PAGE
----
‘Looking round at those kids, it was quite… quite difficult’: Moment BBC news veteran John Simpson breaks down in tears as he describes looming humanitarian disaster in Afghanistan
- Veteran reporter, 77, was giving a report from Afghanistan to BBC Radio 4 Today
- He spoke of an Afghan mother-of-seven who is facing famine in Bamiyan Valley
- It comes as new report warns 23 million people in Afghanistan face starvation
Veteran BBC reporter John Simpson today broke down in tears on air as he described the looming humanitarian disaster in Afghanistan.
The 77-year-old foreign correspondent spoke with a quavering voice as he described the plight of an Afghan mother-of-seven facing famine.
It comes as new report warned that 23 million people in Afghanistan face starvation within months.
Reporting from Afghanistan, Mr Simpson, who has reported from 120 countries and 30 war zones, told BBC Radio 4’s Today programme: ‘I’m sitting here looking out at the Bamiyan Statues, the famous Bamiyan Statues, expect of course they are not there because the Taliban blew them away 20 years ago.
‘And right in a kind of cave just beside them I came across a woman whose name is Fatima and she’s a widow.
‘She’s got seven kids, five girls and two boys and they are grindingly poor already.
Veteran BBC reporter John Simpson (pictured) today broke down in tears on air as he described the looming humanitarian disaster in Afghanistan
The 77-year-old foreign correspondent spoke with a quavering voice as he described the plight of an Afghan mother-of-seven facing famine. It comes as new report warned that 23 million people in Afghanistan face starvation within months. Pictured: Library image of Afghan people walking side a fenced corridor towards the Pakistan border in August
‘She used to make money by weeding for a local farmer. He can’t pay her now because he’s not able to grow the crop that he was growing.
‘She’s got no money, she’s having to beg for fuel to make a fire and beg for flour, which used to be delivered by the old government before the Taliban came in.
With a quavering voice, he said: ‘And look round at those kids, it was quite… quite difficult.
‘I’ve seen a lot of bad things in my time, but this hasn’t yet happened, and yet you know this is just round the corner. And they know it.’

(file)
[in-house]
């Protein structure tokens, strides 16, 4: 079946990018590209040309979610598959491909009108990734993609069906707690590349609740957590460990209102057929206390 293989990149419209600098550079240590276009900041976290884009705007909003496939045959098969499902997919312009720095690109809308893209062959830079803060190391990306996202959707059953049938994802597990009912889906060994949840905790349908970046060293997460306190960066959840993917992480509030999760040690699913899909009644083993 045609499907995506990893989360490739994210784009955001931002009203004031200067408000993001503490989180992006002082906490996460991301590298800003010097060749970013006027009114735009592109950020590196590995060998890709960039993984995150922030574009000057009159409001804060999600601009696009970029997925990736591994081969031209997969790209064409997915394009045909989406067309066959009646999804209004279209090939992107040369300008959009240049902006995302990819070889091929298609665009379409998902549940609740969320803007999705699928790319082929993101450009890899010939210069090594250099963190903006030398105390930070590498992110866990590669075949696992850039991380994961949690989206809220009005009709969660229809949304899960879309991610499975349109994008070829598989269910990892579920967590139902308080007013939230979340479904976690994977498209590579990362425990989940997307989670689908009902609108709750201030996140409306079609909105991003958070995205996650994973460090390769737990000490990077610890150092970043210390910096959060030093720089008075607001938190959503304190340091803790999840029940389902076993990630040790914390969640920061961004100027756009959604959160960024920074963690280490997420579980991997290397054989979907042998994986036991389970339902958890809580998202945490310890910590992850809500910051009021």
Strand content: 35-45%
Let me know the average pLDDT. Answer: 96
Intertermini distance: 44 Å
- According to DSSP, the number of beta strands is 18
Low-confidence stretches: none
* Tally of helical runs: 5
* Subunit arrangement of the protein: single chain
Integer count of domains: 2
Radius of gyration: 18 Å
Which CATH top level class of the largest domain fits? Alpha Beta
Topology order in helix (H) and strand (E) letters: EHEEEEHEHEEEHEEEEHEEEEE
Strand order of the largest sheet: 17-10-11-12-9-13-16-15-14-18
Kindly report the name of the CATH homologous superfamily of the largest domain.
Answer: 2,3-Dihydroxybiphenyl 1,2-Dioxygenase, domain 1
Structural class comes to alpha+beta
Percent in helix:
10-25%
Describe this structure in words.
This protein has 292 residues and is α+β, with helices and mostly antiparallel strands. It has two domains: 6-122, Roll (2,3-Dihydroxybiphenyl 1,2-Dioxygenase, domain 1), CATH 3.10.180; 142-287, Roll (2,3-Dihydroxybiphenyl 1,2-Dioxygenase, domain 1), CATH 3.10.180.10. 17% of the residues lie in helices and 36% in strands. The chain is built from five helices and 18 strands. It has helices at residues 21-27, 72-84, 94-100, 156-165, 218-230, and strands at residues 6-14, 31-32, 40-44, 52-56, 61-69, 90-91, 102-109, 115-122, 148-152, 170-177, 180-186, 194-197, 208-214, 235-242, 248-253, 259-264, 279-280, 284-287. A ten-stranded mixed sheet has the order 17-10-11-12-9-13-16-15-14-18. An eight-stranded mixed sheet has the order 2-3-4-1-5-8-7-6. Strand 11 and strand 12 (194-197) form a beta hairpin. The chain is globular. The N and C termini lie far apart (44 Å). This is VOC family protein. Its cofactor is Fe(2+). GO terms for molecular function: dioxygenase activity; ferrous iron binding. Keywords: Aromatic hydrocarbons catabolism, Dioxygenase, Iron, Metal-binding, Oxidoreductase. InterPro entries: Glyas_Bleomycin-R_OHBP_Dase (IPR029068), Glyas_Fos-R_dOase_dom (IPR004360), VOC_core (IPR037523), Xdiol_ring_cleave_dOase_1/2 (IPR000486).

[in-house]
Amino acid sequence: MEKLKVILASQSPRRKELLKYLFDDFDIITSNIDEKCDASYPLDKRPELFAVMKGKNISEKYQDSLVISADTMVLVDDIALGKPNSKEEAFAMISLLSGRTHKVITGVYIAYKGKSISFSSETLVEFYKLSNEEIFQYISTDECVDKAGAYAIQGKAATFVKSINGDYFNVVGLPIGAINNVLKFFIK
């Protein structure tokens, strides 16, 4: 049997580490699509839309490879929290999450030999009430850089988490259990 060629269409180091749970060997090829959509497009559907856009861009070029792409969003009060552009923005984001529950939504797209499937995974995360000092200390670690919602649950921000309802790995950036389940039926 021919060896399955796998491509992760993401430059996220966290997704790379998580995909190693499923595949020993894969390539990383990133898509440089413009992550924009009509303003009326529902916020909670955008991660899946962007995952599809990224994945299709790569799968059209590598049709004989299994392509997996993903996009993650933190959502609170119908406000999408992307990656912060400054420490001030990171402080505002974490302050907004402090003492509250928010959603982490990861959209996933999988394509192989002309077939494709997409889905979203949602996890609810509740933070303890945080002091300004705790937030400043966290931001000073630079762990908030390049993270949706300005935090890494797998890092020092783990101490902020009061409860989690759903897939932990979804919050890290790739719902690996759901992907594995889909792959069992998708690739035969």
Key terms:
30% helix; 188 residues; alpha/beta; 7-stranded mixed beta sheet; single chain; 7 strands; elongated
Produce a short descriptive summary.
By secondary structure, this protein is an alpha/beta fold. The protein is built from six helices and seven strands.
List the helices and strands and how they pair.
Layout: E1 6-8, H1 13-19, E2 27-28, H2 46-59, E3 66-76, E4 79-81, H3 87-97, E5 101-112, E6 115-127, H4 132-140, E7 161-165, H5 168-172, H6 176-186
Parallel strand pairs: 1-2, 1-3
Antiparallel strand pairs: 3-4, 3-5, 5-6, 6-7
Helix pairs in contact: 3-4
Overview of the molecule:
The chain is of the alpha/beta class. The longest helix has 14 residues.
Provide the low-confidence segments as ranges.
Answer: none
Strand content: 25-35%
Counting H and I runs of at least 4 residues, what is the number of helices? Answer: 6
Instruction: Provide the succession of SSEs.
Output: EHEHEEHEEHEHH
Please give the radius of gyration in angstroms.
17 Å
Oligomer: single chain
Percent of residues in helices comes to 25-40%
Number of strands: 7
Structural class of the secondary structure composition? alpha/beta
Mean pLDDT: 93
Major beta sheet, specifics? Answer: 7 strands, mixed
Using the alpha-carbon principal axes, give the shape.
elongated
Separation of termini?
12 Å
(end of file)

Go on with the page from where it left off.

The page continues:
The emotional broadcast came as the UN’s food agency, The World Food Programme (WFP), today warned that 23 million people in Afghanistan face starvation within months.
The group say an expected poor harvest later this year will compound economic problems brought about by the Taliban’s ascension to power.
The warning was part of the WTP’s report which shows the number of people on the edge of famine in 43 countries had risen to 45 million.
The jump from 42 million people earlier in the year was largely down to a food security assessment that found another three million people facing famine in Afghanistan, the World Food Programme (WFP) said.
‘Tens of millions of people are staring into an abyss. We’ve got conflict, climate change and Covid-19 driving up the numbers of the acutely hungry,’ WFP Executive Director David Beasley said.
‘And the latest data show there are now more than 45 million people marching towards the brink of starvation,’ he said after a trip to Afghanistan, where WFP is upping support for almost 23 million people.
‘Fuel costs are up, food prices are soaring, fertiliser is more expensive, and all of this feeds into new crises like the one unfolding now in Afghanistan, as well as long-standing emergencies like Yemen and Syria,’ he added.
Mr Beasley said on Sunday that the situation in Afghanistan ‘is as bad as you possibly can imagine’.
He told Mr Simpson: ‘We’re now looking at the worst humanitarian crisis on Earth.